Magic of the Great Kingdom

After the Invoked Devastation, the Oeridians managed to save more of their great magical knowledge and profound lore than the Bakluni or Suel peoples did. The concentration on “combat magic” by Oeridian mages was ruthless and played a key role in strategic defeats of the Suel, with their subtler wizardry, in particular.

Initially, this powerful resource kept the Oeridians on top, but in the long run it stilted the creativity of their wizards—over-specialization leads to insights which are too few and of too limited application. Thus, both the dominance and the decline of the Oeridians can be seen in their wizardry.

The priesthoods of the Oeridians also played a vital role. Deities of travel, such as Procan, Celestian, and Fharlanghn supported their people’s restless drives to new lands. Zilchus’s priests played a key role in supplying, provisioning, and distributing resources and goods. The martial priesthoods of Heironeous, Hextor, and even Erythnul all had their role in driving on Oeridian armies.

The Heironeous-Hextor enmity actually drove the armies of different houses of Aerdi to greater struggles and competition for glory. Against the Suloise in particular, this combination of priesthoods proved highly effective. The Suel pantheon had few potent deities. Among only three intermediate powers, Lendor’s faith was a stagnant, wholly less creative one, and that of Wee Jas was too mystical, too fixed to lead active resistance to the Oeridians.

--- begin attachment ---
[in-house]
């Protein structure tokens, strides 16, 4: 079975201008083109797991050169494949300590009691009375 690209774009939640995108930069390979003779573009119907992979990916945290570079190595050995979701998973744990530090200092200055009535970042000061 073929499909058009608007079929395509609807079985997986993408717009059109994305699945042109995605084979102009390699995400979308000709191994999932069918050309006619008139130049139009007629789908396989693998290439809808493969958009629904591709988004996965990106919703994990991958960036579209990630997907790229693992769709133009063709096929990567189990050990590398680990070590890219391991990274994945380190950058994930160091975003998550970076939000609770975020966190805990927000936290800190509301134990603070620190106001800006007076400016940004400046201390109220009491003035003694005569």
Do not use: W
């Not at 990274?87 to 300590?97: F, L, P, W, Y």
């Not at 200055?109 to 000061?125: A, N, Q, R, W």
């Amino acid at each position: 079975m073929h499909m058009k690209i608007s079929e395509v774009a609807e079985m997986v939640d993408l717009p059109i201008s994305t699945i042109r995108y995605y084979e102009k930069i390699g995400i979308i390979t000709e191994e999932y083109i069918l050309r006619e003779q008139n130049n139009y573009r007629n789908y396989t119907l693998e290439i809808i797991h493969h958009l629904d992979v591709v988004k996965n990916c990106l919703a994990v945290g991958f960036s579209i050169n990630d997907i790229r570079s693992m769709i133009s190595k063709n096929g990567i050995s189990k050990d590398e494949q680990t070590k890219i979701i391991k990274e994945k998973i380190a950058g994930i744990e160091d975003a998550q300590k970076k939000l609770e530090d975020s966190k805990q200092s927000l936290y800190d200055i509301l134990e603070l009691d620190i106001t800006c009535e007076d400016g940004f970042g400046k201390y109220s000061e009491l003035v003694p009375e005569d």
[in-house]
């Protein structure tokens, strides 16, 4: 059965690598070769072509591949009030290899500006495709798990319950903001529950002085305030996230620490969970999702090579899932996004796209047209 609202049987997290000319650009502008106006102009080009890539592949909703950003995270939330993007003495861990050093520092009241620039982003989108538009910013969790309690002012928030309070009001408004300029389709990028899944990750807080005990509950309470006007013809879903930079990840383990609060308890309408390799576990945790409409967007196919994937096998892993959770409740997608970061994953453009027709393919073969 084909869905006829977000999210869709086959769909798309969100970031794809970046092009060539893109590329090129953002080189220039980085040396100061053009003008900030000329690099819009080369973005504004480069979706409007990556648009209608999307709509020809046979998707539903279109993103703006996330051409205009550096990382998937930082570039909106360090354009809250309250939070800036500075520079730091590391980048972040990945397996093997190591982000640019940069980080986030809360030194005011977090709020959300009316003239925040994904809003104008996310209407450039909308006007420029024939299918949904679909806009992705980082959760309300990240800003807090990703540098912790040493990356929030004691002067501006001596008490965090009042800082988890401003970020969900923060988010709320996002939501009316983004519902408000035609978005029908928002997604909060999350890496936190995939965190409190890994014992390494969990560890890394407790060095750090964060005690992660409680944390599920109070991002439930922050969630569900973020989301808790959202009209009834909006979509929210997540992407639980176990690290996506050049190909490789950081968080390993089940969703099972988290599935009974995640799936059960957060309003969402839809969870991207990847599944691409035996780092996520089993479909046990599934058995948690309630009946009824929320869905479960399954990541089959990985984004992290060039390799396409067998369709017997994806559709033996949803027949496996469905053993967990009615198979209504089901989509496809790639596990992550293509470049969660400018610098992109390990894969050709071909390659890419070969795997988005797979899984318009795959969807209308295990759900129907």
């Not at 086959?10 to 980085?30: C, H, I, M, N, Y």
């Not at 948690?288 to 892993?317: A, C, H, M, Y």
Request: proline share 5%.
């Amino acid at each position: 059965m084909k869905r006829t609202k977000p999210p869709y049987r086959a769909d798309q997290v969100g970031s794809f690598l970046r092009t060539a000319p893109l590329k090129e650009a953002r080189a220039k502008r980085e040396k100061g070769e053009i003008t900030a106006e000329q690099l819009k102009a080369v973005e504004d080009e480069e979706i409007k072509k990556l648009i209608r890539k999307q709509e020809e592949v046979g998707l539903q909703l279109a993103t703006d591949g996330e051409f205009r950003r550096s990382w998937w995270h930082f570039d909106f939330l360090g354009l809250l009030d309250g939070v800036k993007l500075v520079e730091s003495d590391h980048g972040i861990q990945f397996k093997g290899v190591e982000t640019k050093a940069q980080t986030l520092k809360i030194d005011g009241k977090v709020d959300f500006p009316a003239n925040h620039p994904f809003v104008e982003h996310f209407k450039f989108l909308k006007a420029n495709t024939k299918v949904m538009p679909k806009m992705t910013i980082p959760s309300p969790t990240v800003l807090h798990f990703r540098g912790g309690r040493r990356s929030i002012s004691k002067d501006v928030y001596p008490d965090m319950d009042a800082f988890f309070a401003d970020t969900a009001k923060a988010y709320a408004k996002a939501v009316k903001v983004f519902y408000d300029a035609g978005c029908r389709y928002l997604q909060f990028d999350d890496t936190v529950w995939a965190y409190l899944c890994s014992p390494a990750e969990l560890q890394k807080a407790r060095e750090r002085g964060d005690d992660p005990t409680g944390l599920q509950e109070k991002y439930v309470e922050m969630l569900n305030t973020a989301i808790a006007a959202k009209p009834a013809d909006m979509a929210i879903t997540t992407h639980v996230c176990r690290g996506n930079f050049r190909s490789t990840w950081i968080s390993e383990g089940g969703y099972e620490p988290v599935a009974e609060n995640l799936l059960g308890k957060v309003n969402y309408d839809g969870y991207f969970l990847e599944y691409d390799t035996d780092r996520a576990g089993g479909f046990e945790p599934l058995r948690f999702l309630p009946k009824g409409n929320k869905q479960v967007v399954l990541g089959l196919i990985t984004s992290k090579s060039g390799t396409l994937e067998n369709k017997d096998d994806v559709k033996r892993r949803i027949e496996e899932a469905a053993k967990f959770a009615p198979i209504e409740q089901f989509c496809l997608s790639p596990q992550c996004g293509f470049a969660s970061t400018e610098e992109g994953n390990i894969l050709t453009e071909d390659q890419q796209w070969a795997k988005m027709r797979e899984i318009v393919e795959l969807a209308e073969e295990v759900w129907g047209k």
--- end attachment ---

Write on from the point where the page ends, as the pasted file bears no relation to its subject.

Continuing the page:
The evil Suloise deities too often failed to strengthen their people, but rather to conceal them at the margins, in the shadows, unable to oppose the strength of the Oeridians save by subversion and sabotage. Consider Pyremius and Syrul, for example; the are powers of lies, deceit, and poisonings.

Thus, the Suel people were easily driven like the wind before the wrathful Oeridian armies, marginalized to the boundaries of the Flanaess.

A Vengeance From The Past?
When the Aerdi swept across the lands of the Great Kingdom, there were certain pockets of powerful, ancient magic which they despoiled and razed with fire and acid or drove down into shadows and twilight.

The sacred sites of the Ur-Flannae, the rare mystics of the Flan people (feared by the Flan far more than by the Aerdi), and the haunts of the Old Elves, were among them. Some of those magics, old beyond knowing, are not wholly lost to the world, but they tend now to take terrible forms.

The most feared by far is the magical sword guarded by the gray elf remnant of the Grandwood. However, the wise and far-sighted see manifestations of this longrepressed magic in the fate of the Great Kingdom. Established by war, force, and brutality in many instances, the Kingdom is doomed to pass into chaos and suffering. Istus knows, of course; Gwydiesin does; the tiny shrivelled elf known as The Spectre does; and, beyond them, perhaps Mordenkainen has some inkling, and it is surely written in Rillikandren’s Book of Hours. But this is getting far ahead of the story.

Such is the history, the peoples, and the destinies of the lands of Aerdy. Its many powers and factions remain for us to understand.


Magic of the Great Kingdom

Greyhawk Samaryllis Samaryllis